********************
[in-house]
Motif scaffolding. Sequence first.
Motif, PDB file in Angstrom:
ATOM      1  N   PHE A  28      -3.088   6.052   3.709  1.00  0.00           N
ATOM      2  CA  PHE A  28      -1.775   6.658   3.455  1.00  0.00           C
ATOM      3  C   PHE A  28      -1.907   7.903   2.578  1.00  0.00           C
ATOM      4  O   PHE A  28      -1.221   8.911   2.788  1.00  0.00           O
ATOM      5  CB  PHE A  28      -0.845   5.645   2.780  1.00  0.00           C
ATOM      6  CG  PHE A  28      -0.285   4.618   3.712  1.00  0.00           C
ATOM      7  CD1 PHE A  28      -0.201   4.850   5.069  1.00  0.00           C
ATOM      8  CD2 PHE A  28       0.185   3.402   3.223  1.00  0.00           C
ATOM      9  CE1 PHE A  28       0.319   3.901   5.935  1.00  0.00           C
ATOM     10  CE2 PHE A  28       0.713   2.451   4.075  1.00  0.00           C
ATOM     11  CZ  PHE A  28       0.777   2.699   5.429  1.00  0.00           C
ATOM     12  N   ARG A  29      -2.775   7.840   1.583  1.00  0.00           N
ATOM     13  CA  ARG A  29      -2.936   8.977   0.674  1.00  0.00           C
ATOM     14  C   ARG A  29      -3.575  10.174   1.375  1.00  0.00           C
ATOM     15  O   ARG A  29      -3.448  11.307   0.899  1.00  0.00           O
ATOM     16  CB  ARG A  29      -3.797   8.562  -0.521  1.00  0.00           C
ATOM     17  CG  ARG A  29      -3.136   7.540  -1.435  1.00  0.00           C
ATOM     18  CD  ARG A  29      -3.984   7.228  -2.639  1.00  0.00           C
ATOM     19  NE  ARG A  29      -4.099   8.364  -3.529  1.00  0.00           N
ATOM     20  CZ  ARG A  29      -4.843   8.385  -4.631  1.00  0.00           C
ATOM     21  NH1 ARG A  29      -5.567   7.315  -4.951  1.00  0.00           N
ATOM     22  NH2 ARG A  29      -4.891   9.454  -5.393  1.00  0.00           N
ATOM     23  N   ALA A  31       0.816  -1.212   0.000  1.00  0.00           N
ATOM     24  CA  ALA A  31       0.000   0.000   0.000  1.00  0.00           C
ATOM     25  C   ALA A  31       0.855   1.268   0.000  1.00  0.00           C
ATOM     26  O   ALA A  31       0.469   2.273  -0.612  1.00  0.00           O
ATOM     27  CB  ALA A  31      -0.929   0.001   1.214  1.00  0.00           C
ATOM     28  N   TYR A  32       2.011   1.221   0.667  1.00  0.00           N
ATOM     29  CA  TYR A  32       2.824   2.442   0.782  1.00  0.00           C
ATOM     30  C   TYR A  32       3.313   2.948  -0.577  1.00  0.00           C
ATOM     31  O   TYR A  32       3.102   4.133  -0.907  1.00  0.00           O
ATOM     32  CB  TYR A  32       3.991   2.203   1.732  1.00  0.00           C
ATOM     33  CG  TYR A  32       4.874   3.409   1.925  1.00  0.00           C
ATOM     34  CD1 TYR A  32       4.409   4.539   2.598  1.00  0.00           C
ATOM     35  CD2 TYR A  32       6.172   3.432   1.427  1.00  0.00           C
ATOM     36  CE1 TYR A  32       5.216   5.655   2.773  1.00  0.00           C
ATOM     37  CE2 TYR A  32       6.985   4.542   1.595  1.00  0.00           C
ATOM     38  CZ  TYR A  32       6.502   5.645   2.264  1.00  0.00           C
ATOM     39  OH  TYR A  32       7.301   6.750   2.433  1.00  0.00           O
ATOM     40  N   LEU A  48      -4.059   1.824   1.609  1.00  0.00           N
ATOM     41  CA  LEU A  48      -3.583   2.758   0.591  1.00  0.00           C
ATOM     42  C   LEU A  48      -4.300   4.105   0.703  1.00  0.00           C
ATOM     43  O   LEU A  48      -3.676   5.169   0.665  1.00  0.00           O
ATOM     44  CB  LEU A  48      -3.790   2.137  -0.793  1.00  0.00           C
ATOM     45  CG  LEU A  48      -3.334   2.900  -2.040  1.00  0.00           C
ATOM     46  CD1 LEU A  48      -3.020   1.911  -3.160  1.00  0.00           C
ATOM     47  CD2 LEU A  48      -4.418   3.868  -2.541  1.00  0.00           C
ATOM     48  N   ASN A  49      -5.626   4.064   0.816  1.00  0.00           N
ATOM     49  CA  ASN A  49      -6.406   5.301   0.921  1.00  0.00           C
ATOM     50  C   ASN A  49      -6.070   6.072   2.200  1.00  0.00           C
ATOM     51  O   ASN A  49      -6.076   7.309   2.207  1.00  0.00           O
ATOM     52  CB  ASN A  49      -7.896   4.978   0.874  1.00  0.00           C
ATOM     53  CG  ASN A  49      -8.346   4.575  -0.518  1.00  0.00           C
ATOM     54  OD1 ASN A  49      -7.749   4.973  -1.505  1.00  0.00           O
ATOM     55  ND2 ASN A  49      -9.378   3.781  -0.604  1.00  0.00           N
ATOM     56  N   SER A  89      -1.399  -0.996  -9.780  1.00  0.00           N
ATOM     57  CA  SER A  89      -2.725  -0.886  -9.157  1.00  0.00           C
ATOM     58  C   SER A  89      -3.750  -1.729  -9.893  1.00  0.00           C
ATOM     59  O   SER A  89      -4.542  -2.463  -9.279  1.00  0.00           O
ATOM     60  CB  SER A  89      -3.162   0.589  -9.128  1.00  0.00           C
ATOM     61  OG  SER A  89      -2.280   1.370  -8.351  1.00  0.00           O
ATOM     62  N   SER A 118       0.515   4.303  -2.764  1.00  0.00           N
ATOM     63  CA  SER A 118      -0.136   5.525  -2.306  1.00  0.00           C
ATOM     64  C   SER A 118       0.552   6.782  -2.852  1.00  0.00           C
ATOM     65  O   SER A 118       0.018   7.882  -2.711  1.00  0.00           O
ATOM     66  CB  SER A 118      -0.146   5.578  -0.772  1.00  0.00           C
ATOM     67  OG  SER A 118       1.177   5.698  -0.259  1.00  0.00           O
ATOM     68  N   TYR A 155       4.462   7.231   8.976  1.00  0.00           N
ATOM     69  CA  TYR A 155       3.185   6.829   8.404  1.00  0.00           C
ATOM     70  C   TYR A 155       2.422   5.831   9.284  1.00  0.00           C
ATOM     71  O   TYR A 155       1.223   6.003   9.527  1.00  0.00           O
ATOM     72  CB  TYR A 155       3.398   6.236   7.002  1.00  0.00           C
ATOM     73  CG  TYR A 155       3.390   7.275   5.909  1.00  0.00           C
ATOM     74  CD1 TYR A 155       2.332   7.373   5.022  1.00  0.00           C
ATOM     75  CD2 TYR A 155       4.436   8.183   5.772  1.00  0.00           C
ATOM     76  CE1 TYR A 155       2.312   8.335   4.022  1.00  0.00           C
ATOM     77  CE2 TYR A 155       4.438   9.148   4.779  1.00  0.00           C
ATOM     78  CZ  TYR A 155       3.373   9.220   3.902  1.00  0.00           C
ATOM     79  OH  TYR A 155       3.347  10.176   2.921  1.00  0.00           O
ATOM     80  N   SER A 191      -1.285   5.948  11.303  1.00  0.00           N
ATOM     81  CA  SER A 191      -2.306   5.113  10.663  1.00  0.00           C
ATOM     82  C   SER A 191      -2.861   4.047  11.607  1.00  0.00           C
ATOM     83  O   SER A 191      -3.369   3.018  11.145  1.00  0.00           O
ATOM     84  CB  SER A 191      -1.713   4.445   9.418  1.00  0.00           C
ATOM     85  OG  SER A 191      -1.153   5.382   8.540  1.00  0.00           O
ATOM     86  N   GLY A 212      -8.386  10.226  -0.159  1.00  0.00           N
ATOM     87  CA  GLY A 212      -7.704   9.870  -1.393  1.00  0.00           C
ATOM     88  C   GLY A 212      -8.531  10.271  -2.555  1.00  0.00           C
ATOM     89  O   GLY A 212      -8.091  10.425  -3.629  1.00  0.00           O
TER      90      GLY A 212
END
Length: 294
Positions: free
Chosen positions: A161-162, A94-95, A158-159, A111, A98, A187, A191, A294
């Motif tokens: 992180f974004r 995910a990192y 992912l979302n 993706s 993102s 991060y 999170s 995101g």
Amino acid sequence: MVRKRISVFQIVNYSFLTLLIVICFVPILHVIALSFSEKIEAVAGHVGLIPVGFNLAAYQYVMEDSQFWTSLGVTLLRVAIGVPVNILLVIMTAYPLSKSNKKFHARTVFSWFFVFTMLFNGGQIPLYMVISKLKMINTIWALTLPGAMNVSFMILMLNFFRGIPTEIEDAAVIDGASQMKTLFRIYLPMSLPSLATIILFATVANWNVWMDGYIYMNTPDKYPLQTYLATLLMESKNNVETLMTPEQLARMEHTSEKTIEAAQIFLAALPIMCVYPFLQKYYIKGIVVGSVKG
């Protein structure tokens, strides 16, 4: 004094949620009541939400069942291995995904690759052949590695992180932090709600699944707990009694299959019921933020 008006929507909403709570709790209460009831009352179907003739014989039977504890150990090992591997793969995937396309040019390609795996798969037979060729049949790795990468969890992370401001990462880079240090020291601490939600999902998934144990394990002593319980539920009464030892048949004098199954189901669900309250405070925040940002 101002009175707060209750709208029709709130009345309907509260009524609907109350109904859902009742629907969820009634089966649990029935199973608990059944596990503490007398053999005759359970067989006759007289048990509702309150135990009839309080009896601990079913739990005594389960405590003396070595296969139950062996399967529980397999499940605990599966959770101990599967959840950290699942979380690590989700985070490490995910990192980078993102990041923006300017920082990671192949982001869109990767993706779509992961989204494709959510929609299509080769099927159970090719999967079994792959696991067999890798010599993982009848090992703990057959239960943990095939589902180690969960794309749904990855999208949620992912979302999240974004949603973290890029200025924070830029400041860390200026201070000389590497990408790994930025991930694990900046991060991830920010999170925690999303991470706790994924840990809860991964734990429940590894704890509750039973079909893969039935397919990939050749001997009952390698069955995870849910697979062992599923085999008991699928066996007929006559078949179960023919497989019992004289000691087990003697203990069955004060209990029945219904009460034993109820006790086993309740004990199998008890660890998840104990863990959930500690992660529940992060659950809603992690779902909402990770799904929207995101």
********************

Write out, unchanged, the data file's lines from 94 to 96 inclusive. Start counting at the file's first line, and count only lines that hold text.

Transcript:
END
Length: 294
Positions: free